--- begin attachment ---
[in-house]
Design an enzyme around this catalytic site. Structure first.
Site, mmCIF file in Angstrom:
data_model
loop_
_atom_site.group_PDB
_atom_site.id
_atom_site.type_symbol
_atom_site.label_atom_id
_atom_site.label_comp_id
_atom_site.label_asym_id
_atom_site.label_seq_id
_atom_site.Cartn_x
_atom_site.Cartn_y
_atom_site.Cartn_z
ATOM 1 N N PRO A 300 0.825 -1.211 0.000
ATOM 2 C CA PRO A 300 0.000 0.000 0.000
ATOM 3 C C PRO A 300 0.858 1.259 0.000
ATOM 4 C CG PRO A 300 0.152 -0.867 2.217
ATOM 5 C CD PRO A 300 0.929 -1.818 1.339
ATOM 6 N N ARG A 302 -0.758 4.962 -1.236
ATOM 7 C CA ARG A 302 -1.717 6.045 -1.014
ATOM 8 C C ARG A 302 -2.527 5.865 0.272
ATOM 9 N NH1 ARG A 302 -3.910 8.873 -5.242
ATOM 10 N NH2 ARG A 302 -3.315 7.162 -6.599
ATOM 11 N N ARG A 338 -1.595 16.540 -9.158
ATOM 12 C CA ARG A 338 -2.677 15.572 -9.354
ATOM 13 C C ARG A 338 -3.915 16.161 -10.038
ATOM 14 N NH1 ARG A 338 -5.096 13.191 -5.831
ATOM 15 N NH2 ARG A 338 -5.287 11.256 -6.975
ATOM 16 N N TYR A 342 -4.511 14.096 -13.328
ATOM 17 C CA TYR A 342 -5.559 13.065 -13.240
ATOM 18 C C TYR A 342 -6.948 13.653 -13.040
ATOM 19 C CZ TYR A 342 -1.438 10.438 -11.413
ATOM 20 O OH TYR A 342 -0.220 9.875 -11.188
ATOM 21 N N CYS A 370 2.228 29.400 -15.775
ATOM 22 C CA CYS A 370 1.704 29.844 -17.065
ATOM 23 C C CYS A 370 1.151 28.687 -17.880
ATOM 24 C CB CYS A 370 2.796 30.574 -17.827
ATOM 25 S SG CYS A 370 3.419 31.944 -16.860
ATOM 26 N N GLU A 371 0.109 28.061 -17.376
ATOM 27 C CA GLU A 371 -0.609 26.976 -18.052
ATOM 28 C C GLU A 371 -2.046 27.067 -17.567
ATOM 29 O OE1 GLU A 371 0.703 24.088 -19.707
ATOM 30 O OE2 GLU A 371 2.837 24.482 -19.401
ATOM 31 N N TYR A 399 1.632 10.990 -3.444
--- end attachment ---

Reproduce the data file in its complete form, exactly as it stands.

[in-house]
Design an enzyme around this catalytic site. Structure first.
Site, mmCIF file in Angstrom:
data_model
loop_
_atom_site.group_PDB
_atom_site.id
_atom_site.type_symbol
_atom_site.label_atom_id
_atom_site.label_comp_id
_atom_site.label_asym_id
_atom_site.label_seq_id
_atom_site.Cartn_x
_atom_site.Cartn_y
_atom_site.Cartn_z
ATOM 1 N N PRO A 300 0.825 -1.211 0.000
ATOM 2 C CA PRO A 300 0.000 0.000 0.000
ATOM 3 C C PRO A 300 0.858 1.259 0.000
ATOM 4 C CG PRO A 300 0.152 -0.867 2.217
ATOM 5 C CD PRO A 300 0.929 -1.818 1.339
ATOM 6 N N ARG A 302 -0.758 4.962 -1.236
ATOM 7 C CA ARG A 302 -1.717 6.045 -1.014
ATOM 8 C C ARG A 302 -2.527 5.865 0.272
ATOM 9 N NH1 ARG A 302 -3.910 8.873 -5.242
ATOM 10 N NH2 ARG A 302 -3.315 7.162 -6.599
ATOM 11 N N ARG A 338 -1.595 16.540 -9.158
ATOM 12 C CA ARG A 338 -2.677 15.572 -9.354
ATOM 13 C C ARG A 338 -3.915 16.161 -10.038
ATOM 14 N NH1 ARG A 338 -5.096 13.191 -5.831
ATOM 15 N NH2 ARG A 338 -5.287 11.256 -6.975
ATOM 16 N N TYR A 342 -4.511 14.096 -13.328
ATOM 17 C CA TYR A 342 -5.559 13.065 -13.240
ATOM 18 C C TYR A 342 -6.948 13.653 -13.040
ATOM 19 C CZ TYR A 342 -1.438 10.438 -11.413
ATOM 20 O OH TYR A 342 -0.220 9.875 -11.188
ATOM 21 N N CYS A 370 2.228 29.400 -15.775
ATOM 22 C CA CYS A 370 1.704 29.844 -17.065
ATOM 23 C C CYS A 370 1.151 28.687 -17.880
ATOM 24 C CB CYS A 370 2.796 30.574 -17.827
ATOM 25 S SG CYS A 370 3.419 31.944 -16.860
ATOM 26 N N GLU A 371 0.109 28.061 -17.376
ATOM 27 C CA GLU A 371 -0.609 26.976 -18.052
ATOM 28 C C GLU A 371 -2.046 27.067 -17.567
ATOM 29 O OE1 GLU A 371 0.703 24.088 -19.707
ATOM 30 O OE2 GLU A 371 2.837 24.482 -19.401
ATOM 31 N N TYR A 399 1.632 10.990 -3.444